\includegraphics[width=7.7cm,clip]{13236_02436.rel.eps}
\end{figure} Figure A.67:

Same as Fig. 10, but for star 02436.

Open with DEXTER

\begin{figure}
\par\includegraphics[width=7.7cm,clip]{13236_02436.per.eps}
\end{figure} Figure A.68:

Same as Fig. 11, but for star 02436.

Open with DEXTER

\begin{figure}
\par\includegraphics[width=7.7cm,clip]{13236_02451.lc.eps}\vspace...
...ace*{0.5mm}
\includegraphics[width=7.7cm,clip]{13236_02451.rel.eps}
\end{figure} Figure A.69:

Same as Fig. 10, but for star 02451.

Open with DEXTER

\begin{figure}
\par\includegraphics[width=7.7cm,clip]{13236_02451.per.eps}
\end{figure} Figure A.70:

Same as Fig. 11, but for star 02451.

Open with DEXTER

\begin{figure}
\par\includegraphics[width=7.7cm,clip]{13236_02540.lc.eps}\vspace...
...ace*{0.5mm}
\includegraphics[width=7.7cm,clip]{13236_02540.rel.eps}
\end{figure} Figure A.71:

Same as Fig. 10, but for star 02540.

Open with DEXTER

\begin{figure}
\par\includegraphics[width=7.7cm,clip]{13236_02540.per.eps}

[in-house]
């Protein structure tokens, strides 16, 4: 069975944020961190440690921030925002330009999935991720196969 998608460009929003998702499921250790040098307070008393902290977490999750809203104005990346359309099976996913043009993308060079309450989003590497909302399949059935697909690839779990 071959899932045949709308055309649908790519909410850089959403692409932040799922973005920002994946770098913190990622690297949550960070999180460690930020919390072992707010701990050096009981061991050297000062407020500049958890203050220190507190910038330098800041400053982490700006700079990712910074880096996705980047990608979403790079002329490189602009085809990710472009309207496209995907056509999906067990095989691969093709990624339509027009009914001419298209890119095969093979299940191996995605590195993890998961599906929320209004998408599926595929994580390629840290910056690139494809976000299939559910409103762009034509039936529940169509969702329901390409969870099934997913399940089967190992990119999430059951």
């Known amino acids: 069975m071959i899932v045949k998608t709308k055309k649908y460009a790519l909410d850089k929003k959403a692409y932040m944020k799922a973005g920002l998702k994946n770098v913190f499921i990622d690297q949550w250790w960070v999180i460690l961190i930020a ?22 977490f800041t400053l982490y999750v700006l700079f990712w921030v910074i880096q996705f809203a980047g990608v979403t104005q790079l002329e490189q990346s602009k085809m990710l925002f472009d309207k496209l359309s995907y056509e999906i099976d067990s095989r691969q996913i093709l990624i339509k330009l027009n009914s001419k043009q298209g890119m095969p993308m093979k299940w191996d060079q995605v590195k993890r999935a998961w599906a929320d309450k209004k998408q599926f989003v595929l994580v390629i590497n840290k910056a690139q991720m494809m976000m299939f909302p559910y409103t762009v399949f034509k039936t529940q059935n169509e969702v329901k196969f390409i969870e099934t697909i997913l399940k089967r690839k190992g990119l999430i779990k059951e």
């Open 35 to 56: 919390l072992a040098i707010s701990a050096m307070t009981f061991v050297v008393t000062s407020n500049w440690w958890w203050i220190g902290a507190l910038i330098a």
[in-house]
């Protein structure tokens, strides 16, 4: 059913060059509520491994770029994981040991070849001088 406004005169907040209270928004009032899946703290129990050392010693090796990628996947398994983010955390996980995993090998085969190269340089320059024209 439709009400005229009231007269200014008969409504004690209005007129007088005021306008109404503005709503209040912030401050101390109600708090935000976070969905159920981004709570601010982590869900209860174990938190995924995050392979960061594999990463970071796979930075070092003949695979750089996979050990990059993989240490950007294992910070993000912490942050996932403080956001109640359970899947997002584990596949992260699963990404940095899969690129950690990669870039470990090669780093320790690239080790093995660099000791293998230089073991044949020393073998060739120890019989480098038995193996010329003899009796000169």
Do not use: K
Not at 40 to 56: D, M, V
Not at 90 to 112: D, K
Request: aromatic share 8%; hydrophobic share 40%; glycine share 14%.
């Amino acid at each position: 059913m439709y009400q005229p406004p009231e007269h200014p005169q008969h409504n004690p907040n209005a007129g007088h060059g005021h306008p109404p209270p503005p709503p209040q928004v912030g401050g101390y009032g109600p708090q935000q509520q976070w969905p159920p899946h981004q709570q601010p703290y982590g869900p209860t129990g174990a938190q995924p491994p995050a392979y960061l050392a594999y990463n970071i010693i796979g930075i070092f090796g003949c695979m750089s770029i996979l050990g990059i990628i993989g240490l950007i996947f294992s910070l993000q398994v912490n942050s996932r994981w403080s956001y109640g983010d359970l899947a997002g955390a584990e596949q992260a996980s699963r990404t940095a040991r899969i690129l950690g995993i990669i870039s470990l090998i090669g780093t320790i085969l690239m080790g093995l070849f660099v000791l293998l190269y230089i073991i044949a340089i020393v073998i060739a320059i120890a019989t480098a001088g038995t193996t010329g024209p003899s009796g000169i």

\end{figure} Figure A.72:

Same as Fig. 11, but for star 02540.

Open with DEXTER

\begin{figure}
\par\includegraphics[width=7.7cm,clip]{13236_00006.lc.eps}\vspace...
...ace*{0.5mm}
\includegraphics[width=7.7cm,clip]{13236_00006.abs.eps}
\end{figure} Figure A.73:

Same as Fig. 10, but for star 00006.

Open with DEXTER

\begin{figure}
\par\includegraphics[width=7.7cm,clip]{13236_00006.per.eps}
\end{figure} Figure A.74:

Same as Fig. 11, but for star 00006.

Open with DEXTER

\begin{figure}
\par\includegraphics[width=7.7cm,clip]{13236_00008.lc.eps}\vspace...
...ace*{0.5mm}
\includegraphics[width=7.7cm,clip]{13236_00008.abs.eps}
\end{figure} Figure A.75:

Same as Fig. 10, but for star 00008.

Open with DEXTER

\begin{figure}
\par\includegraphics[width=7.3cm,clip]{13236_00008.per.eps}
\end{figure} Figure A.76:

Same as Fig. 11, but for star 00008.

Open with DEXTER

\begin{figure}
\includegraphics[width=7.3cm,clip]{13236_00017.lc.eps}\vspace*{0....
...ace*{0.5mm}
\includegraphics[width=7.3cm,clip]{13236_00017.abs.eps}
\end{figure} Figure A.77:

Same as Fig. 10, but for star 00017.

Open with DEXTER

\begin{figure}